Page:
- Yardish is now going to be an oral-only language, any ideas what would make
it oral only?
- "If a person with the power of cursed singing recorded a song, could it still have an effect?"
It depends on whether one's intent plays any role in the system of magic you've developed.
In my experience, this is one of the major differences between fictional systems of magic and traditional belief systems. In fiction, the protagonist can unleash an ancient evil/free the princess from her curse/turn into a jackass simply by reciting a magic formula, even without intending to do so, whereas I've never encountered a belief system that works in the same way outside of fiction (although the traditional Palestinian belief that you should never refer to a thing or animal by its name without pointing at it, lest you summon a jinni with the same name, comes close). In fact, according to some systems, the meaning of the words themselves don't matter, only the intent behind the incantation (see, for example, the medieval Christian use of the Hebrew phrase "sisim hemma mulahos usmonim pilagrim uelamos einmispar" from the Song of Songs 6:8 as a charm against worms, even though it has nothing to do with worms and, more importantly, the enchanters who used it had no absolutely no idea what it means, or the extensive use of voces magicae in incantations on both sides of the Mediterranean).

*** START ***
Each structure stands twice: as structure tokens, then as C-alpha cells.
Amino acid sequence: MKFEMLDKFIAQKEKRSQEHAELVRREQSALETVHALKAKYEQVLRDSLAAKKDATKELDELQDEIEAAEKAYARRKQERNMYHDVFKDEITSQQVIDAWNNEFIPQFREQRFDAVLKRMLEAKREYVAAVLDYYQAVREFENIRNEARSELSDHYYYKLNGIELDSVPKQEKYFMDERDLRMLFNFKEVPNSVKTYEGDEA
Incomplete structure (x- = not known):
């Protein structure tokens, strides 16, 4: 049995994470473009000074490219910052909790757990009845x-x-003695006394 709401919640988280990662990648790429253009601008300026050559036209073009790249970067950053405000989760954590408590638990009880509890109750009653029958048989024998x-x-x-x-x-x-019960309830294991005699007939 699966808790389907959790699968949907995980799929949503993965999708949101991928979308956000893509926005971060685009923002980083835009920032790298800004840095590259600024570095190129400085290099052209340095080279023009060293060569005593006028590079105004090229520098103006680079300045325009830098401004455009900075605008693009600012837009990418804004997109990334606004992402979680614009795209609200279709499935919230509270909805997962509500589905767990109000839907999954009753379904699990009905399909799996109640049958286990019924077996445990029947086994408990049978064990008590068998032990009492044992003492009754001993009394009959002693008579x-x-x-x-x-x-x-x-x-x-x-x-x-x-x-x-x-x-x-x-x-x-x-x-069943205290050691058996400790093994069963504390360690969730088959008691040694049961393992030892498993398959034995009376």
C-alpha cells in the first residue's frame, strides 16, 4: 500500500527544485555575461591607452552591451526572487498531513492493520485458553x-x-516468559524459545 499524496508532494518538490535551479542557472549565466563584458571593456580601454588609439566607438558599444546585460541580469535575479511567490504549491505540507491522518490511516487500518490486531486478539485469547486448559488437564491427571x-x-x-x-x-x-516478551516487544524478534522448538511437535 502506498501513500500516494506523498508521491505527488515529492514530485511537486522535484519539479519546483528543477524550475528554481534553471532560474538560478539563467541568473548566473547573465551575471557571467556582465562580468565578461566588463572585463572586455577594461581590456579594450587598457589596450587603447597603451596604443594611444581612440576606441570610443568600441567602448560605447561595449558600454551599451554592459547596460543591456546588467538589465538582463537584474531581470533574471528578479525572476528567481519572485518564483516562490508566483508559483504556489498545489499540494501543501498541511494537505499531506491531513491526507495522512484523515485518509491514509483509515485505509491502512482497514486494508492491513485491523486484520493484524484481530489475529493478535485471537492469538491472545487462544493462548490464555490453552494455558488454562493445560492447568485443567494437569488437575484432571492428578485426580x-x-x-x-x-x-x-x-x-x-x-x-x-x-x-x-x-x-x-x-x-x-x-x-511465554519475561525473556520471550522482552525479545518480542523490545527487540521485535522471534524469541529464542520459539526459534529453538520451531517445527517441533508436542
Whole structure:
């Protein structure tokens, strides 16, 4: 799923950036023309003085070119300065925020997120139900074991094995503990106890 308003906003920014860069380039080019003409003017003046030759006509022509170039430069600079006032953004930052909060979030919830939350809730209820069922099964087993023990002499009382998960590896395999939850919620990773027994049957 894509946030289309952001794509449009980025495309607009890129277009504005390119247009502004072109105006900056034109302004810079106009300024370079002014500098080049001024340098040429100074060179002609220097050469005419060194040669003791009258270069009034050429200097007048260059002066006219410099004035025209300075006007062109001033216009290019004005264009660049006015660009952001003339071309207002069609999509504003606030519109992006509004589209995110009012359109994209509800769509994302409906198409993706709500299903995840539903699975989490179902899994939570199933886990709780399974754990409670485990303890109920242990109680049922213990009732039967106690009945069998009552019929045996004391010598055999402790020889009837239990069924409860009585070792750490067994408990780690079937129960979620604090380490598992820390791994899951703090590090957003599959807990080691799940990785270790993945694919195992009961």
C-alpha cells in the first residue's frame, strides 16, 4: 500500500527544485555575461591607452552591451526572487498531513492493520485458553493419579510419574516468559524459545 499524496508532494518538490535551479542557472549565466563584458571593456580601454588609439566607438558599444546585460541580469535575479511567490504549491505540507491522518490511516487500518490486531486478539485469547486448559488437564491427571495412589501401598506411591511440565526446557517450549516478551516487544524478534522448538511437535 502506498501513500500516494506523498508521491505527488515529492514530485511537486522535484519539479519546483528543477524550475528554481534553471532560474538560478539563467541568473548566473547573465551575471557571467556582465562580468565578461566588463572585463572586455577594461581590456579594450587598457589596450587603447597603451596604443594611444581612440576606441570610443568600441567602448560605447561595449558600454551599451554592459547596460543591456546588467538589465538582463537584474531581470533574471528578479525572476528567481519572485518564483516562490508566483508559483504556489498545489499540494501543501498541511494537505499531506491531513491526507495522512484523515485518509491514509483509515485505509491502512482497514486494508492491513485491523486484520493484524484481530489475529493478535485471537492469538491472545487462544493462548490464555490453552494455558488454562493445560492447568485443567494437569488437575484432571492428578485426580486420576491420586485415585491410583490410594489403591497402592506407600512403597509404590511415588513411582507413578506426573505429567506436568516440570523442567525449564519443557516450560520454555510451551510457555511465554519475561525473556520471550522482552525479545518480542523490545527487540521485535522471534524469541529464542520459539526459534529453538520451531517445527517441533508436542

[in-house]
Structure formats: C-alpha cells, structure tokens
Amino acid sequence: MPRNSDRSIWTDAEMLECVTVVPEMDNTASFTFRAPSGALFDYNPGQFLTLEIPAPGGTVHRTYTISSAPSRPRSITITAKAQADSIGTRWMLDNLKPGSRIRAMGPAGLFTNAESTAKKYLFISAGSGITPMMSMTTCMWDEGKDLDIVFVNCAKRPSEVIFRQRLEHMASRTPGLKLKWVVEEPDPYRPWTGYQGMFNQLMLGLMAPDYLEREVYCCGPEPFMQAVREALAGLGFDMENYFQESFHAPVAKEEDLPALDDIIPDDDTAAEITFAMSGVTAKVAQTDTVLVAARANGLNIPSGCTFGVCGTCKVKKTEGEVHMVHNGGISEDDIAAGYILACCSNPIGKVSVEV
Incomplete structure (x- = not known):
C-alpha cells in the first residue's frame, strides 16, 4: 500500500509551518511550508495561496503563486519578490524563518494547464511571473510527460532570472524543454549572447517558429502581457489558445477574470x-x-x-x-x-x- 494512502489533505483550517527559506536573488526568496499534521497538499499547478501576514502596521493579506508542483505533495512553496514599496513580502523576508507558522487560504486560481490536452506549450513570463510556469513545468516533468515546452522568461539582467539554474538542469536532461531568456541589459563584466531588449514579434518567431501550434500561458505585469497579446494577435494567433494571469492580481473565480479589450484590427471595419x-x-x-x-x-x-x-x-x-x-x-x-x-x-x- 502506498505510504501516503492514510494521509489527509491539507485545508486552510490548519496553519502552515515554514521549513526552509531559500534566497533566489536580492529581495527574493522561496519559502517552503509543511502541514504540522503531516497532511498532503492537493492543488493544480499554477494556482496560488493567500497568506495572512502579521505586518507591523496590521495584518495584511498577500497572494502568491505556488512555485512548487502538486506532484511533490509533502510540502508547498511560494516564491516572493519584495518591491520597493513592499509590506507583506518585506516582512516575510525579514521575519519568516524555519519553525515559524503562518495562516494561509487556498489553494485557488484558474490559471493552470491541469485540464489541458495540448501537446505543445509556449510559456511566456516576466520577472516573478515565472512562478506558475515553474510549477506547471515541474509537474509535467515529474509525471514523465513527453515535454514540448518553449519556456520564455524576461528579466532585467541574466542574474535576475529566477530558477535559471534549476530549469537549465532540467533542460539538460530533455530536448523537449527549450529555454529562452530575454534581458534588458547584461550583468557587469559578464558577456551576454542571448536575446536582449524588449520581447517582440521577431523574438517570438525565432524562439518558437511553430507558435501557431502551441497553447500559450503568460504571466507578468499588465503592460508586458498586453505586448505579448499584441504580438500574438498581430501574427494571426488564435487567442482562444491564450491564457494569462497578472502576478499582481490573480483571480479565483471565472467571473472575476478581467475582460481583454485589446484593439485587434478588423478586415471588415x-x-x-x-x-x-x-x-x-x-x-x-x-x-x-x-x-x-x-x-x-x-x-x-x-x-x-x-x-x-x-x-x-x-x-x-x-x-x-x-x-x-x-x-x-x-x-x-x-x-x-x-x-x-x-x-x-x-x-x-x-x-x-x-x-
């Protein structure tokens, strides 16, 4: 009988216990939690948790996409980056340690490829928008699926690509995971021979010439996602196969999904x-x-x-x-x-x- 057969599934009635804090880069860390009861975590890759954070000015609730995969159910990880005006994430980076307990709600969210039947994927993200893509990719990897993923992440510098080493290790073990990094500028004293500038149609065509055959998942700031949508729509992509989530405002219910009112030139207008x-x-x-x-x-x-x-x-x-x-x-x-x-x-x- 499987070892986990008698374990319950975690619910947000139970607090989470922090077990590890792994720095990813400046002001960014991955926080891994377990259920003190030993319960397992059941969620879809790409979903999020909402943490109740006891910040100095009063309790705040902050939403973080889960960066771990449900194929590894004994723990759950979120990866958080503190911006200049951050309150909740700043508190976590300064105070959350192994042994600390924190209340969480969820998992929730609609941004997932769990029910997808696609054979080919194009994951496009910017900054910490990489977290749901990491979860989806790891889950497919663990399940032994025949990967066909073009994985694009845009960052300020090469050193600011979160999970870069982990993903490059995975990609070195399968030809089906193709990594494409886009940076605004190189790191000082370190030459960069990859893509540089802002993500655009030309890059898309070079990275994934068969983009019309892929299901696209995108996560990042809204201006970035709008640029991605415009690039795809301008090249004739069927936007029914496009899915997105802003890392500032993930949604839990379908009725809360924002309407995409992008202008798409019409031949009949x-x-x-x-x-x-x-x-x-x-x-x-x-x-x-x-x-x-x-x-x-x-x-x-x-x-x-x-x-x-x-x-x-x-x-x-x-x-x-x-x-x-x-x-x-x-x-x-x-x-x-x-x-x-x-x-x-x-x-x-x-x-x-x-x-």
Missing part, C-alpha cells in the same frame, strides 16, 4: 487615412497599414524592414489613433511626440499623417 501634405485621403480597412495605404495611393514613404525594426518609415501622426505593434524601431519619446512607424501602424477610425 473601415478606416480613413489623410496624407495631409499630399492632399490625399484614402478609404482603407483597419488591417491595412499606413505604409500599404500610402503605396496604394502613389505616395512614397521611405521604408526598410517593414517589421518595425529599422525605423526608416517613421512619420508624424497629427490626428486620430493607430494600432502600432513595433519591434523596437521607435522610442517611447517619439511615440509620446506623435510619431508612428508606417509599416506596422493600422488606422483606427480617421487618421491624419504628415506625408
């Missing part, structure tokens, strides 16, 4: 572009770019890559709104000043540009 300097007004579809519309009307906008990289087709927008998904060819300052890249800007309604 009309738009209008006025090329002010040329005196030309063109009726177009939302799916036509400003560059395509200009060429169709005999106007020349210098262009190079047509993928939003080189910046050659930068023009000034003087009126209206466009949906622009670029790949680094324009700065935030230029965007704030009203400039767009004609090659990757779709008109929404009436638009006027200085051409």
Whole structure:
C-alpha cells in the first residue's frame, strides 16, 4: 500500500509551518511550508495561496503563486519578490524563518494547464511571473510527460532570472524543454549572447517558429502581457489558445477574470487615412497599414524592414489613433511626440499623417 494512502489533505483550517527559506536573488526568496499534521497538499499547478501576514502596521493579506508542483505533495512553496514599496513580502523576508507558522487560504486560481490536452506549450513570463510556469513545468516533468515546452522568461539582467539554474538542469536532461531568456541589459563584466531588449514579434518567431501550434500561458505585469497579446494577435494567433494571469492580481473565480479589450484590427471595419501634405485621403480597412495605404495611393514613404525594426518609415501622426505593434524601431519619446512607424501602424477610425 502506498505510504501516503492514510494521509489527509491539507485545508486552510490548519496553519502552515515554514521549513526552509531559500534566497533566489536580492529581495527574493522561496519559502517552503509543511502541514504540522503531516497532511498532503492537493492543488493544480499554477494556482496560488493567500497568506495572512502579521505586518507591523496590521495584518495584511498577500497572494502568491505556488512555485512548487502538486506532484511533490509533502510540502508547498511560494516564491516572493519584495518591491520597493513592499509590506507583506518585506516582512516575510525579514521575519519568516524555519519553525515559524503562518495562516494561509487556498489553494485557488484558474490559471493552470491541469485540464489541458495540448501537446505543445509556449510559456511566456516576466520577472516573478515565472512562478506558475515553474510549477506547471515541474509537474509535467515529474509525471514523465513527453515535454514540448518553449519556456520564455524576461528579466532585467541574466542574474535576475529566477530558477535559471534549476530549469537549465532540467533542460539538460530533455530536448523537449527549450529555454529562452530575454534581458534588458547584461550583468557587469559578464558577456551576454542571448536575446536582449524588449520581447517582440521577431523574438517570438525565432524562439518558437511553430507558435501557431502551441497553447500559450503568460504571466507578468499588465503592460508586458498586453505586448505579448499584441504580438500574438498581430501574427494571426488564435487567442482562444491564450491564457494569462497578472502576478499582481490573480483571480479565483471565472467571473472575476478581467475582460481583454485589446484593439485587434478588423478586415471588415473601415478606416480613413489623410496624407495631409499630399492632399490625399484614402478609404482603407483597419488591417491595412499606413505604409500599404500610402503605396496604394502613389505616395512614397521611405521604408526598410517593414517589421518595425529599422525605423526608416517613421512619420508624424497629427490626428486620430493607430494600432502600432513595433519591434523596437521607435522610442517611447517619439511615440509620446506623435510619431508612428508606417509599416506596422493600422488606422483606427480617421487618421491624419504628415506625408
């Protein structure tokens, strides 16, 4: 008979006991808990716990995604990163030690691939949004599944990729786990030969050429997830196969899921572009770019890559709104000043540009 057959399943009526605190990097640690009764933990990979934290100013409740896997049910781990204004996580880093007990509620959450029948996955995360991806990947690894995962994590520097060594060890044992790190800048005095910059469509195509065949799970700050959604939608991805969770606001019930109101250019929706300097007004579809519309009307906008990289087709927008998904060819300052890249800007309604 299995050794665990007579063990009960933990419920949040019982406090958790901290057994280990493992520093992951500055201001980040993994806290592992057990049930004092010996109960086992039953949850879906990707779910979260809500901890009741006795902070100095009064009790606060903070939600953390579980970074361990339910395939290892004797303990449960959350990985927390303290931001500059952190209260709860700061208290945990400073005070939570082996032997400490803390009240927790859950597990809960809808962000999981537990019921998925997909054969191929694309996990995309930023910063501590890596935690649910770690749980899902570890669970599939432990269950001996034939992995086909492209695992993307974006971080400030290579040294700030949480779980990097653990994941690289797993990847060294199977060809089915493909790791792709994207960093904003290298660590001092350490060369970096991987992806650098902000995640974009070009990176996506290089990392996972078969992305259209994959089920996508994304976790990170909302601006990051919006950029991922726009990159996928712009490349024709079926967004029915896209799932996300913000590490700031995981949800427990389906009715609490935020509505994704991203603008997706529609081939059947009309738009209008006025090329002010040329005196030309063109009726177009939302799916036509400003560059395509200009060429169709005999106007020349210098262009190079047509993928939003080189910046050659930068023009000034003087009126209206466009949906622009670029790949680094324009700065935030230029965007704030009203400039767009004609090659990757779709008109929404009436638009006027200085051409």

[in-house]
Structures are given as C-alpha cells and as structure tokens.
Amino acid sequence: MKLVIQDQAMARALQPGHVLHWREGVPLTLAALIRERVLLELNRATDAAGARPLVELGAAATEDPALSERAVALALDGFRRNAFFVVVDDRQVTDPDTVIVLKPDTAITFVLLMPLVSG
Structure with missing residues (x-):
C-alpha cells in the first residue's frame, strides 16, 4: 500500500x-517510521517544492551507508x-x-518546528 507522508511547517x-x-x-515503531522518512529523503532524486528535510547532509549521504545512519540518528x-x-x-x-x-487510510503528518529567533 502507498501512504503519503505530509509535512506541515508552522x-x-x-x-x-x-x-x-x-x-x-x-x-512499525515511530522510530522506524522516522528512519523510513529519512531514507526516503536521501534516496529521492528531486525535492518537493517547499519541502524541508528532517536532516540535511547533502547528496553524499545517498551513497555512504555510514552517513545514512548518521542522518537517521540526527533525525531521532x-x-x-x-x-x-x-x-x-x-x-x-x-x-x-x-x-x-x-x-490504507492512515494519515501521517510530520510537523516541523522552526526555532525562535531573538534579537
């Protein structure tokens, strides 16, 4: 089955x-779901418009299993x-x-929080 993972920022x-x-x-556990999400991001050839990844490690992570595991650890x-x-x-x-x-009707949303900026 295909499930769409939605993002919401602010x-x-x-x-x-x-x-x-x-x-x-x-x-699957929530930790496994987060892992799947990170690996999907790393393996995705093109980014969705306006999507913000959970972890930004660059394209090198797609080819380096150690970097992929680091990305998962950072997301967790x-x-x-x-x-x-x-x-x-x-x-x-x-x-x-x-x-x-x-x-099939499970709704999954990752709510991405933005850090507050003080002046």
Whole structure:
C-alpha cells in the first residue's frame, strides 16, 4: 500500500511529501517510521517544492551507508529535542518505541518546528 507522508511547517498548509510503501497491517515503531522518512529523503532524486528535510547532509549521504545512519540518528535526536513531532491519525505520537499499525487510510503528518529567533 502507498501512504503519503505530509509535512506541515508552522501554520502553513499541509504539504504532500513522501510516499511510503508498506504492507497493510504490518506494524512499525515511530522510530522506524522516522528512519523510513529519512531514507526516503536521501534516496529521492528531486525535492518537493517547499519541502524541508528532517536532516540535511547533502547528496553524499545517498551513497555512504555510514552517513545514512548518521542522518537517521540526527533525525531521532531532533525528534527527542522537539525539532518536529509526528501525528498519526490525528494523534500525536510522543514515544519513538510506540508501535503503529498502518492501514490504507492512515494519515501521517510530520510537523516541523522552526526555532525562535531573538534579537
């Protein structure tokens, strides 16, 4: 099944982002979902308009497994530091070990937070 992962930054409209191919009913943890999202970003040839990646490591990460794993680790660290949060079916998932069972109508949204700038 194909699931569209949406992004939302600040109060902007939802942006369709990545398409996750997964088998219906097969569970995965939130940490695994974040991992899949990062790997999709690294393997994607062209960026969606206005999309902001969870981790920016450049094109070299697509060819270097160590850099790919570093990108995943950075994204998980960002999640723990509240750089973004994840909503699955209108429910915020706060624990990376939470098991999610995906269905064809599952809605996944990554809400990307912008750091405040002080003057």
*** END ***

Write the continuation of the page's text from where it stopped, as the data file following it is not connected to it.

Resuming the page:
So, in short, according to most traditional systems of belief, a recording is unlikely to produce the same effect (unless perhaps it is intentionally played to do so, like a musical instrument); however, fiction regularly flouts any regard for intent in magic.